Land Connections  

This mailer has been provided as an avenue to disperse information pertinent to public agencies and the landscape architecture profession in hopes of fostering greater understanding and collaboration. Topics address issues that affect the built environment within which we live.


An Overview of Playground Safety Measures

"If we don't stand up for children, then we don't stand for much", Marian Wright Edelman

Playgrounds are often a child's favorite place to visit outside of the home. A well designed playground fosters healthy exercise, imaginative play, social interaction, a sense of exploration and a never ending supply of giggles and laughter. As these opportunities are created however, innate risks and hazards are also created. The challenge a designer faces is to reduce the number and severity of playground hazards while providing essential risk taking activities. (The difference between a risk and hazard is described later in this article.) Below is a synopsis of a few important playground safety topics:

Playground Safety Statistics- logoEach year there are an estimated 220,000 playground related injuries in the United States alone. These injuries range from minor injuries with no long term residual effects to seriously debilitating injuries and even death. Seventy six percent (76%) of these accidents occur on public playgrounds with seventy nine percent (79%) of these injuries specifically involving a fall. Falls are the most common injuries reported on public playgrounds. Other injuries include impacts with stationary and moving equipment (11%) and entanglement, entrapment, crushing and laceration type injuries (10%). The most common cause of fatalities on playgrounds is entanglement of loose clothing, strings or ropes. There are many factors that contribute to injuries; the two most significant factors however are related to improper use/poor supervision (40%) and improper maintenance (44%). As depressing as the numbers are, careful planning and maintenance can greatly reduce the possibility and probability that serious injuries will occur and will limit the severity of playground accident consequences.1

Playground Hazards - Risk in the playground is essential for children's growth, creating challenges which allow children opportunities to succeed and/or fail based on individual reasoning and choices. Hazards on the other hand are items or situations that a child is not expected to comprehend, see or foresee. As an example of this, a child may evaluate the risk involved with climbing an arch ladder to a raised platform and may, or may not choose to take this route. This child however is not expected to assess the rungs for head entrapment hazard probability related to the rung spacing.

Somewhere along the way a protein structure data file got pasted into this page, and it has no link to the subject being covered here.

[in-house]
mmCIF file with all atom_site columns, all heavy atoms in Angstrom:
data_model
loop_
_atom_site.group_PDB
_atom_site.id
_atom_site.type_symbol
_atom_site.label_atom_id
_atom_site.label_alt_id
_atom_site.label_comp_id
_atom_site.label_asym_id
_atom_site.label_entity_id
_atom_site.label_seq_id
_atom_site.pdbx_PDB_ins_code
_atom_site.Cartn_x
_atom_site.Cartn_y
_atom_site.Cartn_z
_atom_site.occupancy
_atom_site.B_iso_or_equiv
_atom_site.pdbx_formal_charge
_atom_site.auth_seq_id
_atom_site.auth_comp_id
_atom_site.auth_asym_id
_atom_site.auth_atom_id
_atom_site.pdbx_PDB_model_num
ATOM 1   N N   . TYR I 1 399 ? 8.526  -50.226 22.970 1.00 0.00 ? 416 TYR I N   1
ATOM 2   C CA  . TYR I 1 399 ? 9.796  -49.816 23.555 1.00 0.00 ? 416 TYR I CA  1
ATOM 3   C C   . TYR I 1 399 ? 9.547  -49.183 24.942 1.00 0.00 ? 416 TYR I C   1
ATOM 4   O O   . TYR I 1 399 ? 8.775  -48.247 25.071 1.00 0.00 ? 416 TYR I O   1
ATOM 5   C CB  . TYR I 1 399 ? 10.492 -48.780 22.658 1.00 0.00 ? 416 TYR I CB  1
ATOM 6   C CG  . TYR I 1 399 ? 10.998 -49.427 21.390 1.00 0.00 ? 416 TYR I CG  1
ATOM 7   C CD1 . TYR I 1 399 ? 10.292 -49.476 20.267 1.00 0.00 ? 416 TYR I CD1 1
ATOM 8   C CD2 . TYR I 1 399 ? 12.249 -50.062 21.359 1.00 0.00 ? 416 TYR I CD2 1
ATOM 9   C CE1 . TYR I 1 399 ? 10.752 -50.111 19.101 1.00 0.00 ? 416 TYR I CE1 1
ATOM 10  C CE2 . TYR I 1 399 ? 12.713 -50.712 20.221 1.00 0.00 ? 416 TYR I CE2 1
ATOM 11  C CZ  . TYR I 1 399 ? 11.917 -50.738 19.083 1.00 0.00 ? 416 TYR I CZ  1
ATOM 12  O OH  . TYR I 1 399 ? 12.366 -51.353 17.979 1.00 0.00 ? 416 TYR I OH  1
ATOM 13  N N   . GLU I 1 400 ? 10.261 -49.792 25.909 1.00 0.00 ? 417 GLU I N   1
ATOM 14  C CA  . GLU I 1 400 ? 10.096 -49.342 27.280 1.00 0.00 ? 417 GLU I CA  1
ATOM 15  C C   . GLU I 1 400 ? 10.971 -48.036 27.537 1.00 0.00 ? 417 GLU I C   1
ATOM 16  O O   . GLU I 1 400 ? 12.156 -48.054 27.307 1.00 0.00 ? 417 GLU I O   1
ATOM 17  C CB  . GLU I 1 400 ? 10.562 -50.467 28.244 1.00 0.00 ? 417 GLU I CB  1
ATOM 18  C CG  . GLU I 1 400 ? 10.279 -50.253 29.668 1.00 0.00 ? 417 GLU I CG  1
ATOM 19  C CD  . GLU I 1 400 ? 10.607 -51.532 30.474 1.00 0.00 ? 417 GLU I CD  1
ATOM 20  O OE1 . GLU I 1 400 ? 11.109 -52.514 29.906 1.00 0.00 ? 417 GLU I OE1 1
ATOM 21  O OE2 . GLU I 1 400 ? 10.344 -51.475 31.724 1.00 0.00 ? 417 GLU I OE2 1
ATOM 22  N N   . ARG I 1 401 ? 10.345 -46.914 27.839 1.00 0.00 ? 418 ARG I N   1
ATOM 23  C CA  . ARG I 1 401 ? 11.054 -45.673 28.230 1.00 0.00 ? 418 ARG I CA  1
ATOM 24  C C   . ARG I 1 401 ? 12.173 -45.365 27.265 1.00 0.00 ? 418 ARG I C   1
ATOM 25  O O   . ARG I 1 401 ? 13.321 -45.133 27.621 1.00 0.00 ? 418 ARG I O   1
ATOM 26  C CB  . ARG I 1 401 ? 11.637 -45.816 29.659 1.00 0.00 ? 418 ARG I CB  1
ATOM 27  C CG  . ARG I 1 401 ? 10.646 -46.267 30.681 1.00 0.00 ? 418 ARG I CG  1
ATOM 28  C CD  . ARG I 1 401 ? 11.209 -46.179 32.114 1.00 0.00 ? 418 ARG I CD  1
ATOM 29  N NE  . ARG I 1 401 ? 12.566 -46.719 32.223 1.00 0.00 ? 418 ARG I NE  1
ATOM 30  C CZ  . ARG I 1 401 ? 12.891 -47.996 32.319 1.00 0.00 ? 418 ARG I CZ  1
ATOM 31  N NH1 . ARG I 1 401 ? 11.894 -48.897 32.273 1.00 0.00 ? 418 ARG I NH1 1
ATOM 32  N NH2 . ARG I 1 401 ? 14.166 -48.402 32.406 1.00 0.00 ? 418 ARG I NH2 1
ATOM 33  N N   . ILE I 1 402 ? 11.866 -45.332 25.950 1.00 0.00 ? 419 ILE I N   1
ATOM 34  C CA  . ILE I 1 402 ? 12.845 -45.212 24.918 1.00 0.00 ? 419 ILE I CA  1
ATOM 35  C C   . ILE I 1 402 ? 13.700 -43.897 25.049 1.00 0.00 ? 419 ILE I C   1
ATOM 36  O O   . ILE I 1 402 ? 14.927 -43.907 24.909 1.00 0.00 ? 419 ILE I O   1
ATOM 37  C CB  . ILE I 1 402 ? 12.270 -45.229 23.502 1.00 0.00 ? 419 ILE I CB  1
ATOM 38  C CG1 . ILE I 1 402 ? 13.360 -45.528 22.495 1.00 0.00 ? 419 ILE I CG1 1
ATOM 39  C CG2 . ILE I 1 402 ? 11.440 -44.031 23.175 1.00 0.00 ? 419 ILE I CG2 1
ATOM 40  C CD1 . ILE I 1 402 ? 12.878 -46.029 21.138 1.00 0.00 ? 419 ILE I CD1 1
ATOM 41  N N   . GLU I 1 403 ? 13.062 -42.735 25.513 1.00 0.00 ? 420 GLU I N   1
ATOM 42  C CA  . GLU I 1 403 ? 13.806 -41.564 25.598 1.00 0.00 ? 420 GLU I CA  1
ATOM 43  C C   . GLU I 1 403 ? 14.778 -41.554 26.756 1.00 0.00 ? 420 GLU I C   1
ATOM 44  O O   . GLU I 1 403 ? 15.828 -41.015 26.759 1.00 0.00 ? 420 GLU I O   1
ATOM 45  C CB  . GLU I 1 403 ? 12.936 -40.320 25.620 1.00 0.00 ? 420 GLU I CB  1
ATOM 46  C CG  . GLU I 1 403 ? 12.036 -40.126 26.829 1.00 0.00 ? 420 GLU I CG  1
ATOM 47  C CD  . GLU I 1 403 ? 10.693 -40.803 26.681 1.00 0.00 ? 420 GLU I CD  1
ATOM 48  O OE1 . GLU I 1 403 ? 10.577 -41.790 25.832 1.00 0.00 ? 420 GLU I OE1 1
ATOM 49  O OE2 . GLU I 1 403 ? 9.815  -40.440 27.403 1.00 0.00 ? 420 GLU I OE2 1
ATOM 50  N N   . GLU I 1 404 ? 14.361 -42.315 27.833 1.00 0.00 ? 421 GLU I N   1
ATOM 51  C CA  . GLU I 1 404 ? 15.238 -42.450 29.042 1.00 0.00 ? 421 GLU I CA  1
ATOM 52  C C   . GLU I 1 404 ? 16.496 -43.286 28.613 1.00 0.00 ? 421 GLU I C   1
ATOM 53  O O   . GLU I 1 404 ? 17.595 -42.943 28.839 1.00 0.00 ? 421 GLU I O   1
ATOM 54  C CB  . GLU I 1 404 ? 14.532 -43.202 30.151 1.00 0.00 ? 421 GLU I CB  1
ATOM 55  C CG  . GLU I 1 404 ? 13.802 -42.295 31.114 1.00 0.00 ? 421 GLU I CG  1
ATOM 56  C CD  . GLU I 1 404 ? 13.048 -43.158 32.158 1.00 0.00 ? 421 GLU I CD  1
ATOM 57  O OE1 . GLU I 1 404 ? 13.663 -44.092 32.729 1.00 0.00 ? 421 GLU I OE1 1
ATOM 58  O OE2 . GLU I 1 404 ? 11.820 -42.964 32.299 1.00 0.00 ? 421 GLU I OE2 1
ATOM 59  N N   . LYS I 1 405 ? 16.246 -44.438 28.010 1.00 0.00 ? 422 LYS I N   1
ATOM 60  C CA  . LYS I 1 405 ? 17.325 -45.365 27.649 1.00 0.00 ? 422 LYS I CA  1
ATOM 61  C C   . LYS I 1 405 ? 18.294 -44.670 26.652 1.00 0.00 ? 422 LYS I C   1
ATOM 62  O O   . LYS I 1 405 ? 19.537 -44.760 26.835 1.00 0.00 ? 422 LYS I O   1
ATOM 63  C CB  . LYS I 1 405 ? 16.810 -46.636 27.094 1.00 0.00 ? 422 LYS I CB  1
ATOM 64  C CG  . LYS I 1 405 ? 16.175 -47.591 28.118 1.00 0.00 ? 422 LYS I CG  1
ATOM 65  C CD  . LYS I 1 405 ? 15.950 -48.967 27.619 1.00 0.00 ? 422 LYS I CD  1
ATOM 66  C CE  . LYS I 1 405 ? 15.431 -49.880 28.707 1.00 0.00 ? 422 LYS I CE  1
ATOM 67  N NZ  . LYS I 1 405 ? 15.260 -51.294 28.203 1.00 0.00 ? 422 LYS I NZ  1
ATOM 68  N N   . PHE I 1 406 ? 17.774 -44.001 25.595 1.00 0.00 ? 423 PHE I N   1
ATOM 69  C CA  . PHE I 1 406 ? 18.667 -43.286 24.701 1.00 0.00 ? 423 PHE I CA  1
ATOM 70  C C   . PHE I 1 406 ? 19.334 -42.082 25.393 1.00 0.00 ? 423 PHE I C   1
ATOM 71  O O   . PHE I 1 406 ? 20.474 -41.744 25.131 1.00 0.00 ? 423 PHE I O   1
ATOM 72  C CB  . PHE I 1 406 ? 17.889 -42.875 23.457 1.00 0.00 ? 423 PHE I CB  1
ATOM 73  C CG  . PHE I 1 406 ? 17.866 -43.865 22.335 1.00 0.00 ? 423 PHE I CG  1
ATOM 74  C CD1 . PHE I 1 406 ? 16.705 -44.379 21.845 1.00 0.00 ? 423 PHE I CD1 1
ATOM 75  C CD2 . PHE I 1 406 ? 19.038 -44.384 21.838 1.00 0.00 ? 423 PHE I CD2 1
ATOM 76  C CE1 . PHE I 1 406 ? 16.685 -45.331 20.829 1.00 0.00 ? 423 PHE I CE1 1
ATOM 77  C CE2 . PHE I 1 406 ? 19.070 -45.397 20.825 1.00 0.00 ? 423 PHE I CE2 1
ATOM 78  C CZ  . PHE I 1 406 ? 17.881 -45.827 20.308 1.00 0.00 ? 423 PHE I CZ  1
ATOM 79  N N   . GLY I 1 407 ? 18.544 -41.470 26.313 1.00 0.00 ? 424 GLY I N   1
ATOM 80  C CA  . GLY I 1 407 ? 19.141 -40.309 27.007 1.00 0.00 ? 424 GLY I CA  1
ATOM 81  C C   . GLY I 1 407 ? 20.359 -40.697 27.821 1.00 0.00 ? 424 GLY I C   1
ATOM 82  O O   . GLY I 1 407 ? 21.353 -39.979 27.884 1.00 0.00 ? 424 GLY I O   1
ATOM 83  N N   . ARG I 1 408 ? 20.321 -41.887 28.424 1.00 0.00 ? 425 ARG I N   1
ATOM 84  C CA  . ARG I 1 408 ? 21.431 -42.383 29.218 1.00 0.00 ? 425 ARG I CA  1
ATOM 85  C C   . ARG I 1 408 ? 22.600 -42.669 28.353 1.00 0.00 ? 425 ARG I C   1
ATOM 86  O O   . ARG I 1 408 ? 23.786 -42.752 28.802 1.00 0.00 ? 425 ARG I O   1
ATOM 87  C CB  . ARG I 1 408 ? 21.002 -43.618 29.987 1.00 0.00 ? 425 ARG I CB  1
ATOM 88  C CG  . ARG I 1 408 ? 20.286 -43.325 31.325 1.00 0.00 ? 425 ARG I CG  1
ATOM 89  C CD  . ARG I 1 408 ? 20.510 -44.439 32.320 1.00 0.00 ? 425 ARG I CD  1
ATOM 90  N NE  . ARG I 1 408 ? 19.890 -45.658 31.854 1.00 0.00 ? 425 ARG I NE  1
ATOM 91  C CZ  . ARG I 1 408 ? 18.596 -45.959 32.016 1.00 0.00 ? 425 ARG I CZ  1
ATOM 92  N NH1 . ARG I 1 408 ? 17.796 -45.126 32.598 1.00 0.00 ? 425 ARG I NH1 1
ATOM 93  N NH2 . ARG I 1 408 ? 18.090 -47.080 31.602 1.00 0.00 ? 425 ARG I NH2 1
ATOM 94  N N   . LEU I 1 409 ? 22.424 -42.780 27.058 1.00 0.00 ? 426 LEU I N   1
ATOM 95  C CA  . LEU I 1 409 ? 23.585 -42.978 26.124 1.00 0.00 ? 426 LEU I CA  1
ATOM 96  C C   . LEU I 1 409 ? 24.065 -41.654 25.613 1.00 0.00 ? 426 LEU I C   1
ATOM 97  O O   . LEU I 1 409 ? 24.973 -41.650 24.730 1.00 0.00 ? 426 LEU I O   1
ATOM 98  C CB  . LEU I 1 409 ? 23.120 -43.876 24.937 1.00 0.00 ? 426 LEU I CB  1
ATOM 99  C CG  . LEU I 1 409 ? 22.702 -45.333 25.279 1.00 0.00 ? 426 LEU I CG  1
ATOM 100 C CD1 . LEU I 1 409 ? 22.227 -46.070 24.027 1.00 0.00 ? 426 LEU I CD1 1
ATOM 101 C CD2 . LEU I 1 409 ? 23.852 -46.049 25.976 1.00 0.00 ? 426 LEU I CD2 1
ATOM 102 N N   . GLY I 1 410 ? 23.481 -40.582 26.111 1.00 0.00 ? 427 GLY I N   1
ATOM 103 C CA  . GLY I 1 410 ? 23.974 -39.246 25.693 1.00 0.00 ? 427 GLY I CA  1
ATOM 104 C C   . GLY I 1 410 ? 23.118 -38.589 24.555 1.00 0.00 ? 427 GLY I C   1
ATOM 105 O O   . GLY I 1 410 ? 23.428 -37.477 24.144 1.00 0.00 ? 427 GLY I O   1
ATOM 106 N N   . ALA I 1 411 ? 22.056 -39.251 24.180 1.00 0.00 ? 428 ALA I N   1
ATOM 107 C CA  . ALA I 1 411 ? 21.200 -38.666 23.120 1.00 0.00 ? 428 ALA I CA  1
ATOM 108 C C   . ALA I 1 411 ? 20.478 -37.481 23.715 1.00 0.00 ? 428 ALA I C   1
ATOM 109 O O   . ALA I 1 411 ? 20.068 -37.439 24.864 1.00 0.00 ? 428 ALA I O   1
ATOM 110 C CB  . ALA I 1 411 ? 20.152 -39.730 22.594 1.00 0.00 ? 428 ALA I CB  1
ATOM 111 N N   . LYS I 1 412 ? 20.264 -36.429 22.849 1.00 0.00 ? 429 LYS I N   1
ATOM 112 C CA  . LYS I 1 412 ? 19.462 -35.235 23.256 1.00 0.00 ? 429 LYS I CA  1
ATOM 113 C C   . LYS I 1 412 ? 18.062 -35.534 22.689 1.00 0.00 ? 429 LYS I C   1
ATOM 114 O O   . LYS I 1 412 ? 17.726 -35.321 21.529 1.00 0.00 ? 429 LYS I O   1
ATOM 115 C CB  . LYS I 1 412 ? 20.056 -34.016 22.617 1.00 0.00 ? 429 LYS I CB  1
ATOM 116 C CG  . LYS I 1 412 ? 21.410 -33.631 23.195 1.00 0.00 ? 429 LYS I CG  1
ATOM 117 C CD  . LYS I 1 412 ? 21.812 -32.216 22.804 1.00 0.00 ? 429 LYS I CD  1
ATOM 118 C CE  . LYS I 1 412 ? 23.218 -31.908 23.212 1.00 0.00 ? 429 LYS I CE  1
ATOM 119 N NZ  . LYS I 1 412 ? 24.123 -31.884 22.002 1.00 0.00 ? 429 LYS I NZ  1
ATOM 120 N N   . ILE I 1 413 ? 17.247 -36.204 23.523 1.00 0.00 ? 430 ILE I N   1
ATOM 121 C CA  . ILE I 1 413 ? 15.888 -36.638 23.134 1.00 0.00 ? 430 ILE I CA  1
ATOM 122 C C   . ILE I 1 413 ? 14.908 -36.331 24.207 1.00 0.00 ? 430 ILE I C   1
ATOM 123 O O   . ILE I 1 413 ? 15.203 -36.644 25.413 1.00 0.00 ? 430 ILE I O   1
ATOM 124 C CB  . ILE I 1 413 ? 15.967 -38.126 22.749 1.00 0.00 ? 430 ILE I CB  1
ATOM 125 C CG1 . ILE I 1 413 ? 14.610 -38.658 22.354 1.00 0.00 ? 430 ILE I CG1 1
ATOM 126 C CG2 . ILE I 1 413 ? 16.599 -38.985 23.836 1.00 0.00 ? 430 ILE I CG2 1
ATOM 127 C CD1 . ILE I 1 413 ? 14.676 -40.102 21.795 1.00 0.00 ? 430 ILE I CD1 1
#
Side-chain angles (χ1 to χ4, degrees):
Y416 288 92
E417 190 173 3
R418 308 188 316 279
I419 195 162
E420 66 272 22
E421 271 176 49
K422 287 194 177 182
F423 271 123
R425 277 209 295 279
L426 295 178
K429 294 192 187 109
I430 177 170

Common hazards found within the playground that need to be assessed and prioritized include:

  • Crush and shearing points
  • Entanglement and impalement
  • Entrapment
  • Sharp points, corners and edges
  • Suspended hazards
  • Tripping hazards
  • Recycled tires2

Regulations & Standards- logo .. .Currently there are no federal laws regulating playground safety. There are however voluntary standards and guidelines that are commonly adhered to. These publications are the Public Playground Safety Handbook by the CPSC and the ASTM F1487-07 standard. These two documents address playground safety related to playground design, surfacing, equipment specifications, hazards and maintenance. The State of California is one of the few states that have playground safety laws. The above mentioned publications were actually adopted and are considered mandatory by the State of California as found in Title 22, Division 22, Chapter 22-Safety Regulations for Playgrounds. The State of California is currently the only State that has mandated playground inspections.

Playground Inspections - At the time of installation most playgrounds are compliant with national standards and guidelines. Over time however, playgrounds age, they are abused and vandalized and playground standards change, yet, children continue to play. In order to prevent injuries on a long-term basis, continued maintenance and inspections must occur. Initial audits and inspections should be completed by a certified playground inspector (CPSI) to determine priority ratings for each hazard. A CPSI should also be consulted when standards change, when significant repairs or replacements occur, when new equipment is installed and prior to beginning a risk management plan.

Conclusion - Playground accidents will happen regardless of any attempt made to eliminate danger in the playground environment. Playground safety measures are not designed to limit play activities, creativity or to eliminate risk, but, where feasible to minimize serious injuries. If your existing playground is due for an assessment or if you have a newly constructed playground in need of a final assessment feel free to call us at 209.571.1765 or use the e-mail provided below.

    1-NPSI Curriculum Committee - Syllabus for the Certification Course for Certification Course for Playground Safety Inspectors. National Playground Safety Institute. V 1.2009.

    2-U.S. Consumer Product Safety Commission. Public Playground Safety Handbook. CPSC. Bethesda, MD. 2010.

O'Dell Engineering

The next time you need a Landscape Architect on your project, consider O'Dell Engineering's Landscape Architecture Department.

Services include:

  • Park and Playground Design
  • Recreational Facility Design
  • Site Planning
  • Streetscape Design
  • Urban Design
  • Commercial Design
  • 3-D Visualizations
  • Graphic Design
  • Arborist Consulting
  • Playground Inspection



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  • Trees & the Urban Environment Part II
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Author: Chad Kennedy, Landscape Architect

This informational article provided by O'Dell Engineering - 1165 Scenic Drive, Suite A, Modesto CA 95350